Columnist: We all come from the same creator
Published 12:00 am Tuesday, November 15, 2016
I’m writing this article on the morning of Election Day. No matter who is chosen, as President-elect, whether Clinton or Trump, the question is, what happens after the final ballots have been counted and verified? How does a nation that has been so fractured and polarized by political differences and discord come together in the best interests of all Americans. That will be the major task before all citizens, politicians and political parties. And I may add, that should also be the initial critical mission of our President-Elect. The failure to make this effort on the part of the next President and his or her followers will only result in a deepening of the division that already exist in our nation. Such inaction can only make matters worse.
Of course, there are no easy answers to our current American predicament. And I certainly don’t have the answers, but for what they are worth, I do have a few suggestions. First, remember that America has faced tough times before and come together afterwards! There is not any of us, alive at that time, that was not affected by September 11, 2001. The happenings of that date have simply been imprinted upon our minds and hearts. I’m talking about the pictures and sounds that we will never forget-pictures and sounds of immense human suffering, hijacked airplanes, buildings in ruins, pictures of terrorists, heroic firefighters and law enforcement personnel, courageous citizens, memorial services, a nation under attack, a nation in prayer and a nation responding.
Immediately following 9/11, there was a great coming together of all Americans. And in American history, there have been multiple other happenings or events that brought Americans together. The point is, we can come together yet again.
Second, we can get our theology straight! Jesus said,”0ur Father…” (Matthew 6:9). We all come from the same Creator.
But how do we know that this “Fatherhood” includes everybody rather than just the Twelve disciples or the present Christian community? How do we know that all created humanity is included? As one scholar observed, “The answer depends upon Jesus’ total outlook.”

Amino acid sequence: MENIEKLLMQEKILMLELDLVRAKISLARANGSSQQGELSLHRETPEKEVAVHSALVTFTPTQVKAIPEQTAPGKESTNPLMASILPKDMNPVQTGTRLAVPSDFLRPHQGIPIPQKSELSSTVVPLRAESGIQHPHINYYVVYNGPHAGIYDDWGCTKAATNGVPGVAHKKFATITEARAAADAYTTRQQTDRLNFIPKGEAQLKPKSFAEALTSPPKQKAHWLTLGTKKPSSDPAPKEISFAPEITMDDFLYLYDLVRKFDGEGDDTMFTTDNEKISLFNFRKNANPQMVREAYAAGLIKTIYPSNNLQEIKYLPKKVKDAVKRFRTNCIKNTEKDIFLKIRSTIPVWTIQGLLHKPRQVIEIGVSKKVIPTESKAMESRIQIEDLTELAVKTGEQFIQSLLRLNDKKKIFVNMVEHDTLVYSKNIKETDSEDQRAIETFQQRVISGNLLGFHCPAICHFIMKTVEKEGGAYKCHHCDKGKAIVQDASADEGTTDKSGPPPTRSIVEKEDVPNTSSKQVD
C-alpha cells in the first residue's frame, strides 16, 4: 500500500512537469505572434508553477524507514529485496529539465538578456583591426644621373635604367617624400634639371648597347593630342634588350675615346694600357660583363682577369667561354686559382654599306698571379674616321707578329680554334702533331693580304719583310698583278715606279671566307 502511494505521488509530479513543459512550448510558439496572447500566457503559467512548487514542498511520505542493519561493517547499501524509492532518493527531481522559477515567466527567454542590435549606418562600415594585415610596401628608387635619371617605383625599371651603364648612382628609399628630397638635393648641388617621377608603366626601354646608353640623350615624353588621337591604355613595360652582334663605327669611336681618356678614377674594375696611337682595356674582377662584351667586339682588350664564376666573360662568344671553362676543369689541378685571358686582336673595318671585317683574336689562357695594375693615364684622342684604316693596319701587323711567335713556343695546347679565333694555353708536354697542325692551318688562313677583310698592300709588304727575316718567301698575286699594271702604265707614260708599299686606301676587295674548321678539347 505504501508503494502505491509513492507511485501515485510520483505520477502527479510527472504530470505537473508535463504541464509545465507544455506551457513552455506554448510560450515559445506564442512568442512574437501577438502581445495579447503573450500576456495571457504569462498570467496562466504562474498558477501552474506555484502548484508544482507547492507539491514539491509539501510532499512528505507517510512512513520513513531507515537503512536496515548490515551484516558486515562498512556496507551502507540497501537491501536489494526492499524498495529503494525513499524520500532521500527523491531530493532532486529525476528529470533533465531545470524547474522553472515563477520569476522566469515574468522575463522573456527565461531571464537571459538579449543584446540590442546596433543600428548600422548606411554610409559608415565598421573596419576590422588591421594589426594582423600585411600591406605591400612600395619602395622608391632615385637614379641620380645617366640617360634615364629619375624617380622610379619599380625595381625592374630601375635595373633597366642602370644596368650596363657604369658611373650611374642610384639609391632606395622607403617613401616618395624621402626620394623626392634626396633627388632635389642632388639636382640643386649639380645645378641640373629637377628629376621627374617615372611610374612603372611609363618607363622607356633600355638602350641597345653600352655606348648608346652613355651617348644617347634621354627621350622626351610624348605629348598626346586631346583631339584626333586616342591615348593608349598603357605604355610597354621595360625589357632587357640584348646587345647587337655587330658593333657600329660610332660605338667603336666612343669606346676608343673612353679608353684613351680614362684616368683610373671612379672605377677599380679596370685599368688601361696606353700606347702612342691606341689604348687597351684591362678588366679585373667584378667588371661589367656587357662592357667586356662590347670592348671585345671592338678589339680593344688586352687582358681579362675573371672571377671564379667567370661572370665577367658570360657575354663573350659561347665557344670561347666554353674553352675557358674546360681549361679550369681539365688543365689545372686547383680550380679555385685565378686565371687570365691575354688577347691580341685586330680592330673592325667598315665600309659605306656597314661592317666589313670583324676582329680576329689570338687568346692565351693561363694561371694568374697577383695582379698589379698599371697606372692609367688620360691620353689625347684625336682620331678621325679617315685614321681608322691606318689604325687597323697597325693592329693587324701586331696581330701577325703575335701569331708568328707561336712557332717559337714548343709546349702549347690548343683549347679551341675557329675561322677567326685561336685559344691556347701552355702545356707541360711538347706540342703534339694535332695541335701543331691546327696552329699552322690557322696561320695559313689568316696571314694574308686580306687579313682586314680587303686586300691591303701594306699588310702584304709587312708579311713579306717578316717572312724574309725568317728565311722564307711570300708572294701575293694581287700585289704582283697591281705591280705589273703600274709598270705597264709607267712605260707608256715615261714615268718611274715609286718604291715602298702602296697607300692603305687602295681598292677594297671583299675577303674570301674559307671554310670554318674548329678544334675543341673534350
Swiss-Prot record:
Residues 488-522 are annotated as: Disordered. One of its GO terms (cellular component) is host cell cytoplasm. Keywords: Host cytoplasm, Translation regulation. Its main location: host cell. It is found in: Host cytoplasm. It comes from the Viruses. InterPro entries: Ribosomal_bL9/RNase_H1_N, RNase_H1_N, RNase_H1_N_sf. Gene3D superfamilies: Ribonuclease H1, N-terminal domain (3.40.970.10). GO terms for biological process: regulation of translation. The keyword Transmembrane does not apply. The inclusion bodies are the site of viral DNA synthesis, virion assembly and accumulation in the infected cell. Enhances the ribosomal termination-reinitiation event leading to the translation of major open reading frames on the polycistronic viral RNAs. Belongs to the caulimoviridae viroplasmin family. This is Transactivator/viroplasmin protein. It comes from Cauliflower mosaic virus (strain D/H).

Jesus understood that God makes the sun shine on the Syrian and on the American. He causes the rain to fall on the atheist and on the believer. Is God not “the daddy” of us all? Every person is included because he/she is a child of God. Here we are speaking of the universal “Our.”
Therefore, since God is “Our Father” our oneness as brothers and sisters resides in our being part of His family.
Third, we can be considerate of the feelings of others and practice civility in the public arena! Many people would agree that the recent political campaigns, which have been a bit long, have been less than average in expectation. Too often, differences of opinion, belief, position, platform and party have resulted in arrogance, accusation and anger. Blame and ridicule have raised their ugly heads so often that truth itself has become a causality.
And what has happened in the political elections has happened in numerous other areas of societal life. The attitude of “my way” or “the highway”’ has assured that proper discourse has become the victim.
But here I am suggesting that one of the places to begin societal healing is by showing respect to those who differ and by extending kindness in the public arena.
Fourth, we can understand this “Thanksgiving” as a special time of gratitude, forgiveness, and reconciliation both with God and our fellow Americans.
During one of the darkest periods of the Civil War in 1863, Lincoln’s Thanksgiving Proclamation was a call to love one’s enemies. He urged that God’s “gracious gifts” be acknowledged as with one heart and one voice by the whole American People.
Lincoln’s Thanksgiving Proclamation resounds again at Thanksgiving 2016. In acknowledging God’s “gracious gifts,” let us include one another.